Chinewalk: You AIN'T "Driving THROUGH It"!
by Ken Cook

    "Chinewalk" requires some definition if we're going to talk about it.

    First, "What is a "chine"?" The chine of a hull is where the bottom joins the side. It may be "hard" (a well defined edge) or "soft" (significant rounding, often merely a gentle curve with no definitive break between bottom and side).
    ChineWALK is a violent, often rapid, side to side oscillation. Technically, it is literally bouncing from one chine to the other. True chinewalk is one of the most dangerous events that a boater can experience. Any padV hull can chinewalk if there are hull problems, setup is wrong or the driver is inexperienced. Certain wave/wake conditions can force even the experienced driver to deal with chinewalk on a properly set up hull as well.

    NOW! Does your boat CHINEWALK? If it does, you have hull/setup problems or you have not yet learned to drive it. Chinewalk cannot be "driven through", but it must be driven OUT OF when it occurs. Typically, the driver must ease out of the throttle while keeping the helm straight. This is not ALWAYS the answer, but dumping the throttle and/or attempting to steer out of this condition can cause total loss of control and lead to an accident, rather than an adrenaline rush, tripled heart rate and a dirty seat.

    ALL PadVs have a tendency to "fall off the pad" to starboard (right). This is NOT chinewalk, but, if not corrected, will result in chinewalk! Driving a padV to its limits is a "high wire" or "balancing" act. Prop (engine) torque and load balance are the major factors (assuming a straight hull and good setup) in this condition. Both can be controlled and, in many cases, virtually eliminated.

    THE FIRST STEP in gaining control is to assure that the engine is properly mounted (centered and plumb) and there are no hull defects (rocker or hook). Beyond a certain engine height, torque will exist no matter how well balanced the load (see below) and NO, hydraulic steering DOES NOT eliminate torque, it "masks" it. A welded, properly adjusted skeg mounted torque tab will minimize this condition.

   BALANCING THE LOAD: As most hulls have a starboard driver console, there is a "built-in" load imbalance to starboard when there is only one occupant. This automatically increases the tendency to fall off to starboard. Proper positioning of batteries and other accessories is one step in minimizing this condition. This is a "static" or not easily adjustable parameter. "Overloading" or storing most tackle and other "removable" items in port (left) side rod and/or storage box(es) helps to achieve balance. Hulls with side-by-side livewells and/or dual fuel tanks offer additional solutions when fishing alone. A 30 gallon livewell system with port side only filled adds about 120 pounds (15 gal @ 8 pounds/gal) to port of centerline and contributes about half that or 60 pounds to balancing the load. Although it would decrease cruising range, similar gains can be achieved by limiting fuel in the starboard fuel tank. Gasoline weighs about 6 pounds per gallon. Do the math! If both fuel tanks must be full at the beginning of the trip, start by using the starboard tank and balance will improve as fuel is consumed. When you add a second occupant, dynamic balance changes and requires a re-think of  "what's where?" to balance the load again. If the hull balance is good and the design has "3 across" seating, consider placing the passenger in the center seat for minimum impact.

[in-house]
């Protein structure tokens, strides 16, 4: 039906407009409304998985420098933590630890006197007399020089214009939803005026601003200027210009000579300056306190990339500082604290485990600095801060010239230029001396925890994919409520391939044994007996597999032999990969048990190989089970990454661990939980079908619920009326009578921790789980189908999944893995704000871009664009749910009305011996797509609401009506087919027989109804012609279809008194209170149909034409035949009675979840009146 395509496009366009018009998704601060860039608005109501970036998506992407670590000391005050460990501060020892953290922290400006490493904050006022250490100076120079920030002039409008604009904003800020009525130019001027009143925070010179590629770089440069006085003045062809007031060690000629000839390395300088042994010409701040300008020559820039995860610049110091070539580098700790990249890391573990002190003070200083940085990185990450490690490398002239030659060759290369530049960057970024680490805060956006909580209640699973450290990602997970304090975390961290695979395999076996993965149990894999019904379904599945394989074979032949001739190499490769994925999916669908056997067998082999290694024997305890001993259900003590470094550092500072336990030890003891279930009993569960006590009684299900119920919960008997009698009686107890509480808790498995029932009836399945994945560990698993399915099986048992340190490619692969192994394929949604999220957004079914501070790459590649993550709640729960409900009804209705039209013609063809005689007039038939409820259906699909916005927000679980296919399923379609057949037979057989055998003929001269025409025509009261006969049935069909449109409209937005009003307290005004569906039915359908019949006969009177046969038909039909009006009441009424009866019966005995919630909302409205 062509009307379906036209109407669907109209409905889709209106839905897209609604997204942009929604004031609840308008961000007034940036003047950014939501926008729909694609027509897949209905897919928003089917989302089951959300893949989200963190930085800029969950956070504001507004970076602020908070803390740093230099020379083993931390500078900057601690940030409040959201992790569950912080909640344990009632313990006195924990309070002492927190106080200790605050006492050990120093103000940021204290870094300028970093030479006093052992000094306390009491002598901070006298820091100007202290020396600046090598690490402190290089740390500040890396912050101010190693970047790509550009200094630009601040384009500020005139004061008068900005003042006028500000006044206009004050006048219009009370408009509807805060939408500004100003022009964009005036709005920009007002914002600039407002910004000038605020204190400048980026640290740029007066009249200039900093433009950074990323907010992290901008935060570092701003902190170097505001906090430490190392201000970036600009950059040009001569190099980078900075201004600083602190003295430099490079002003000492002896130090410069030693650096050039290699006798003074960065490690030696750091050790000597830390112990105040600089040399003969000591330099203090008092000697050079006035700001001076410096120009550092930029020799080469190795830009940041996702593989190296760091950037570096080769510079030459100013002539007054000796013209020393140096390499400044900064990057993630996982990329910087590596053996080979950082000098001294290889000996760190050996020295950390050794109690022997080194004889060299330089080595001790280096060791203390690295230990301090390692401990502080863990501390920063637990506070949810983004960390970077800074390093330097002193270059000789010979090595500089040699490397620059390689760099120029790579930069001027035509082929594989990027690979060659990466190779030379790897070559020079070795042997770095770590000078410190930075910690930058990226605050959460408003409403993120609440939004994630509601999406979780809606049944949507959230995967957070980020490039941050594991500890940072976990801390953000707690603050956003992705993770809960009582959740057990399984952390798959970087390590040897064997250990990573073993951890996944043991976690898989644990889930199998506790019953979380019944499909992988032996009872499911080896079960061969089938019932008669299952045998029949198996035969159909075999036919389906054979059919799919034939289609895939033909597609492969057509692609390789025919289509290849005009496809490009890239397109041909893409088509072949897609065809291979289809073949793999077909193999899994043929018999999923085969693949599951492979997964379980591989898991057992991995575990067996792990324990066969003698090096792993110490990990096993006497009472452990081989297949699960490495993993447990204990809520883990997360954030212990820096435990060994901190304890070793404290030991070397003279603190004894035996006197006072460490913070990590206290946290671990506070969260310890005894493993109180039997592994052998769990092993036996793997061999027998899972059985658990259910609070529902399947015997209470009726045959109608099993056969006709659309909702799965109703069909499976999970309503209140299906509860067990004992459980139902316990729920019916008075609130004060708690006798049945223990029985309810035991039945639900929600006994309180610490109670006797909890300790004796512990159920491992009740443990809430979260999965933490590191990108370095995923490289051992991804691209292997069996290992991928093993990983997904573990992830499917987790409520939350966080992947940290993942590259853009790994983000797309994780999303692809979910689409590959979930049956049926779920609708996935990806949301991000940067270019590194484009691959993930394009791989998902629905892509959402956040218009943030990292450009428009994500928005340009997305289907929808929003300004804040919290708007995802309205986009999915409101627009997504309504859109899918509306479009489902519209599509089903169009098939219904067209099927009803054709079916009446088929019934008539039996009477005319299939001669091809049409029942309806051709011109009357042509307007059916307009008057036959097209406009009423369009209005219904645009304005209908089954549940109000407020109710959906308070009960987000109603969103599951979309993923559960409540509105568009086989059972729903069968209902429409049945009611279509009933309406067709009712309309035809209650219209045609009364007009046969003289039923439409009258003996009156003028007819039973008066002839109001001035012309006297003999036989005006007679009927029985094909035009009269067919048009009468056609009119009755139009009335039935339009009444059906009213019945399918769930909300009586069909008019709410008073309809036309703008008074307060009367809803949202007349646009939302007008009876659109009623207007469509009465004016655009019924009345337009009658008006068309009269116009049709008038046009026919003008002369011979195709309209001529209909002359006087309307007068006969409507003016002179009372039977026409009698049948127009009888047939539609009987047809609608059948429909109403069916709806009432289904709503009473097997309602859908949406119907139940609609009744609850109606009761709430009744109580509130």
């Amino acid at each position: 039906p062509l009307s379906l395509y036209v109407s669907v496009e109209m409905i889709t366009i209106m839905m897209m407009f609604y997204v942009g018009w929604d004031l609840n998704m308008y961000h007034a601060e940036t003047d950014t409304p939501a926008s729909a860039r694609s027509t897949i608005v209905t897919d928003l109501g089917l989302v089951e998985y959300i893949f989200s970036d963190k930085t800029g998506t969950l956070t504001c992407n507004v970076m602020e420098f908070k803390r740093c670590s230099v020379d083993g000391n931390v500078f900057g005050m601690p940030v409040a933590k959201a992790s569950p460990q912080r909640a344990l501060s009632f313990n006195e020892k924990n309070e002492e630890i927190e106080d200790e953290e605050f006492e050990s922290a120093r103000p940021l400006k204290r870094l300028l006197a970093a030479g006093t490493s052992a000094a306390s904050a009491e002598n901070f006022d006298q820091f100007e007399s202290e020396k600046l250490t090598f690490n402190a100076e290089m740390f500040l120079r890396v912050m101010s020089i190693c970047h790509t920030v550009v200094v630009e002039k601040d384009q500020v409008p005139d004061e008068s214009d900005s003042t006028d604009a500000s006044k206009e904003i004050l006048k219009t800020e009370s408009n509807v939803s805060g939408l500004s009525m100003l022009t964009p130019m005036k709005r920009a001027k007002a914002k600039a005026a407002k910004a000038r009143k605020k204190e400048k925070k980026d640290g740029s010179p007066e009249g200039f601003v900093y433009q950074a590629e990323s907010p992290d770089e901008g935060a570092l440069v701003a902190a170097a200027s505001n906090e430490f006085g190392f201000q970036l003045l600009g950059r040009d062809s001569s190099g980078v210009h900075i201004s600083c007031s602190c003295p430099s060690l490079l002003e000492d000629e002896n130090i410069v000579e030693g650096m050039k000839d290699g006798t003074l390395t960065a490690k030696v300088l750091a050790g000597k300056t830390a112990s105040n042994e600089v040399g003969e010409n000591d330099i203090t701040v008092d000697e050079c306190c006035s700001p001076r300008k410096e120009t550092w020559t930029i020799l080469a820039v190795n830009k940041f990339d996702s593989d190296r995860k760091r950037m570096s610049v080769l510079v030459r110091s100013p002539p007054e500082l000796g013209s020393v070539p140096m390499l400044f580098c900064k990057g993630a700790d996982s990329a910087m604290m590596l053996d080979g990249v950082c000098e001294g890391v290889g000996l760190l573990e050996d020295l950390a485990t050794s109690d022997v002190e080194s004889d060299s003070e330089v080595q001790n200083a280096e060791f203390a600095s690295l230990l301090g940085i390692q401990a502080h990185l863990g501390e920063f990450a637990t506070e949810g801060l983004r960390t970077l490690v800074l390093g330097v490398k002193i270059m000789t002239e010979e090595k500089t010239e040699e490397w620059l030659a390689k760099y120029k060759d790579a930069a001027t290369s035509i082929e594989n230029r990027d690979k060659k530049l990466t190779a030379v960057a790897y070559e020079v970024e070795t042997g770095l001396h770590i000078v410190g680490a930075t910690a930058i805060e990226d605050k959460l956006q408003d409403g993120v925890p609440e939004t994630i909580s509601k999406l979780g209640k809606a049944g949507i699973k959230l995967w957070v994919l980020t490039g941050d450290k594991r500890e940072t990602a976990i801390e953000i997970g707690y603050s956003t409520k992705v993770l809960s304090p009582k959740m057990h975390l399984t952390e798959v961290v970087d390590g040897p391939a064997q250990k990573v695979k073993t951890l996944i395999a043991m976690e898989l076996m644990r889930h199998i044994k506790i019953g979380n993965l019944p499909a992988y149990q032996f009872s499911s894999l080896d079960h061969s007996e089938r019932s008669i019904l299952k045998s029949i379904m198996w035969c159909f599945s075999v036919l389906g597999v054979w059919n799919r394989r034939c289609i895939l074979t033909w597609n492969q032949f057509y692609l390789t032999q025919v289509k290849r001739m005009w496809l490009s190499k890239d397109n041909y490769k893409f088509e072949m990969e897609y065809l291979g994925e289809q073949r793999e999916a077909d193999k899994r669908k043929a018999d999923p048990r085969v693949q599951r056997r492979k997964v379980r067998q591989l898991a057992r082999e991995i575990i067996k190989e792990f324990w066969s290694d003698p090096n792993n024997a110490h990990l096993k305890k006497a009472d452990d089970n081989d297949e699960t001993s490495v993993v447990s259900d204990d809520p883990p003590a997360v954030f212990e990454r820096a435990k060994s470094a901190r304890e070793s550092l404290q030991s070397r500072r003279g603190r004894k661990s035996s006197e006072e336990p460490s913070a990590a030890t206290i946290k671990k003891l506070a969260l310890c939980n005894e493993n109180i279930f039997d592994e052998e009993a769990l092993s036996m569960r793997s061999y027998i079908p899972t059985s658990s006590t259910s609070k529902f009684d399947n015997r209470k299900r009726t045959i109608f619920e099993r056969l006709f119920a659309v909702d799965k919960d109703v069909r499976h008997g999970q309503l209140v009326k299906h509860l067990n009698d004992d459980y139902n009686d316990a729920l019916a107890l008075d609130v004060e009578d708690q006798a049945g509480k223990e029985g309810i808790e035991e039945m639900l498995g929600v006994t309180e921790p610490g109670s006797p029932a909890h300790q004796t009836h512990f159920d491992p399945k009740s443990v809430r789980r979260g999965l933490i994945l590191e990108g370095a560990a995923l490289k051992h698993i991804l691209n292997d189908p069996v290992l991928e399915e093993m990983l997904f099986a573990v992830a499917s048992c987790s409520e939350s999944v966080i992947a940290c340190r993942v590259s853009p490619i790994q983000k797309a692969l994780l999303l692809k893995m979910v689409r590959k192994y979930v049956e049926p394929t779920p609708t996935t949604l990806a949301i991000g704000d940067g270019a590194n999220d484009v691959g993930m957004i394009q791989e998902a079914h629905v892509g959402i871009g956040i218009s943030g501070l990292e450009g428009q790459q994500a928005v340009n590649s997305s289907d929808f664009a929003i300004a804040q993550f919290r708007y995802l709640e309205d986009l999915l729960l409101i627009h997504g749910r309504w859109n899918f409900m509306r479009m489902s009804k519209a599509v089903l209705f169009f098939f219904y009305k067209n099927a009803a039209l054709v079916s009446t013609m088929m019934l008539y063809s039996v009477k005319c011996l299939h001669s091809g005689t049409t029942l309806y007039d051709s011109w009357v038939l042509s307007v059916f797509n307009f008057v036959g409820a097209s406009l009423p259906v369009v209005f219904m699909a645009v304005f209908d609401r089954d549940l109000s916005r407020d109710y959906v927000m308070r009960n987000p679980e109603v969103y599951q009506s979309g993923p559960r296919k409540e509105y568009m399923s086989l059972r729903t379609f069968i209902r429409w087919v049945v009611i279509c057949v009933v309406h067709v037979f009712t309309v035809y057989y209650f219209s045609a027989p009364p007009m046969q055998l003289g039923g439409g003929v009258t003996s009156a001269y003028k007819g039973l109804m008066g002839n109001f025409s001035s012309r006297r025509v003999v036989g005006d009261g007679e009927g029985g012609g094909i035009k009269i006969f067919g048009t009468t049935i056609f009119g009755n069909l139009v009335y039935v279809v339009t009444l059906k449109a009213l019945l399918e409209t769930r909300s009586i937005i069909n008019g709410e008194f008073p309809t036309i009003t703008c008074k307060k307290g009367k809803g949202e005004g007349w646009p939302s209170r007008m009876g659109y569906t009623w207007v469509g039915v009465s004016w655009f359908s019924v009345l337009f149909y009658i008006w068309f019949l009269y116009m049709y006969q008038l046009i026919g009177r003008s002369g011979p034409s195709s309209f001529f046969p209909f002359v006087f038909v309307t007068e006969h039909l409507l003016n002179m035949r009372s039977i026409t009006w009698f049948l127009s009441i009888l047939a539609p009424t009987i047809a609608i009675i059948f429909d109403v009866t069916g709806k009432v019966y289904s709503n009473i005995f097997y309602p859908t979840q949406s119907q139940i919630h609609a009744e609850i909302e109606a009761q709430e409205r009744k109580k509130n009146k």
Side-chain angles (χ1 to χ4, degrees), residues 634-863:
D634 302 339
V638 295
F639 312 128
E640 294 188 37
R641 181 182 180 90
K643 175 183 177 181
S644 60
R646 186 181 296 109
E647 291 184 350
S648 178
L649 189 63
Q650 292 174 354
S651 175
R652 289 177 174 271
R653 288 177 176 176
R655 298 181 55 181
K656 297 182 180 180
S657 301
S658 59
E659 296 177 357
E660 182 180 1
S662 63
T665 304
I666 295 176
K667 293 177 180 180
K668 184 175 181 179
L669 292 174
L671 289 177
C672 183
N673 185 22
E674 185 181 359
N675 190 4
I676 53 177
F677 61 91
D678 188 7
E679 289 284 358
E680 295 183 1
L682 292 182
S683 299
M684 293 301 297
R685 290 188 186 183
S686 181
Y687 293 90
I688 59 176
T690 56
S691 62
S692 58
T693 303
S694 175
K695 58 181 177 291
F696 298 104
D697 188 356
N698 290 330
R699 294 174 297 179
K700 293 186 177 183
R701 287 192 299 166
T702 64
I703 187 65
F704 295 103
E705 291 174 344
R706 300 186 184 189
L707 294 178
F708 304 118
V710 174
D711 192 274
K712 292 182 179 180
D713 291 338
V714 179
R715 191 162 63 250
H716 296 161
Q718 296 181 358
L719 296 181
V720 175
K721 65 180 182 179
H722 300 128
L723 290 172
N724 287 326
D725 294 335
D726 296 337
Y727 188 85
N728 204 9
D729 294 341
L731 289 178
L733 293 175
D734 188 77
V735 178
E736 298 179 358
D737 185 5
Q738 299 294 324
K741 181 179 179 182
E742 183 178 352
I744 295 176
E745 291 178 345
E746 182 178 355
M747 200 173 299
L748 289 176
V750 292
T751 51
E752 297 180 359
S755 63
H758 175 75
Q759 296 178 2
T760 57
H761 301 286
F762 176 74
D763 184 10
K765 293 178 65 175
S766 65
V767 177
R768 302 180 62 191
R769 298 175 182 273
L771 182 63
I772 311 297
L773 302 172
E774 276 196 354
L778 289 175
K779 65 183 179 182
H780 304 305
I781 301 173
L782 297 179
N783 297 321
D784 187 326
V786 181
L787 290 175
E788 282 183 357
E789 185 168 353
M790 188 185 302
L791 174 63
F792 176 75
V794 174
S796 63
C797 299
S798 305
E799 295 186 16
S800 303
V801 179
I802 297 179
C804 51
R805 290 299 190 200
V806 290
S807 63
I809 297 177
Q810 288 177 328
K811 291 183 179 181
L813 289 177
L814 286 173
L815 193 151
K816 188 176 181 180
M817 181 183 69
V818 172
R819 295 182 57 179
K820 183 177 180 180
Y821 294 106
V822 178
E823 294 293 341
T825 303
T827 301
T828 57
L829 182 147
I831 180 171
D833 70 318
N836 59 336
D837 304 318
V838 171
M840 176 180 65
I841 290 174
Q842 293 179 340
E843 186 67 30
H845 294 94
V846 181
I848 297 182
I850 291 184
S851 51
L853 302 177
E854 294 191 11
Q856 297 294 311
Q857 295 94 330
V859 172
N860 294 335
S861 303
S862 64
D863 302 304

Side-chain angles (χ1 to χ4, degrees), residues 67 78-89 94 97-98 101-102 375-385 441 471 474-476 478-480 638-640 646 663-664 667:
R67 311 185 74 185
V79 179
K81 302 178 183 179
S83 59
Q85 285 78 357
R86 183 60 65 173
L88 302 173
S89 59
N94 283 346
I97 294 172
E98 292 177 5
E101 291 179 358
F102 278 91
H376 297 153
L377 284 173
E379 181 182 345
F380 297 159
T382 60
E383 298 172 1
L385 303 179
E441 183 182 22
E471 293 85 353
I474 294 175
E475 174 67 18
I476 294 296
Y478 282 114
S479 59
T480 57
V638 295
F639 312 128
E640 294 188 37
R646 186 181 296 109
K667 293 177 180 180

OKAY, everything's "perfect". The hull is well balanced, mechanical setup is spot on and, if not a pussycat, the boat is now a well trained lion. What I mean is that the stability is still a dynamic condition. Environmental conditions (wind, waves, an unexpected wake or a required rapid/emergency maneuver) are always changing and trying to push the hull off balance. Constant awareness and an almost automatic response (this comes with the now classic phrase, "seat time") are required to assure continued safe, controlled operation. The ball's in your court. Experienced drivers can help you learn, but you must spend the time behind the wheel and learn to anticipate the hull's next "move".

    "Wait a minute! How DO I drive it?" The generic answer is "small helm corrections to port as required". Not really a definitive answer, is it? No one can TELL you how to drive YOUR boat. I know it's frustrating and you get tired of hearing or reading "seat time". Although you will pick up pointers, even "show and tell" with an experienced driver at the helm and you as observer will not be enough. The corrections become so nearly automatic that it's hard to communicate "why" I did that or "when" to do it. Overcorrection to port throws the hull past centerline and it tries to fall to port. Undercorrection to port allows the hull to continue to fall to starboard and requires additional correction to port, often resulting in overcorrection. Each under or overcorrection requires a larger correction to compensate and, if that correction is too much or too little, the oscillation increases. This is the beginning of chinewalk, the time to ease out of the throttle and start over BEFORE it becomes dangerous.
    You CAN do it! You must set aside on the water time to concentrate on your driving skills just as you would learning a new fishing technique.


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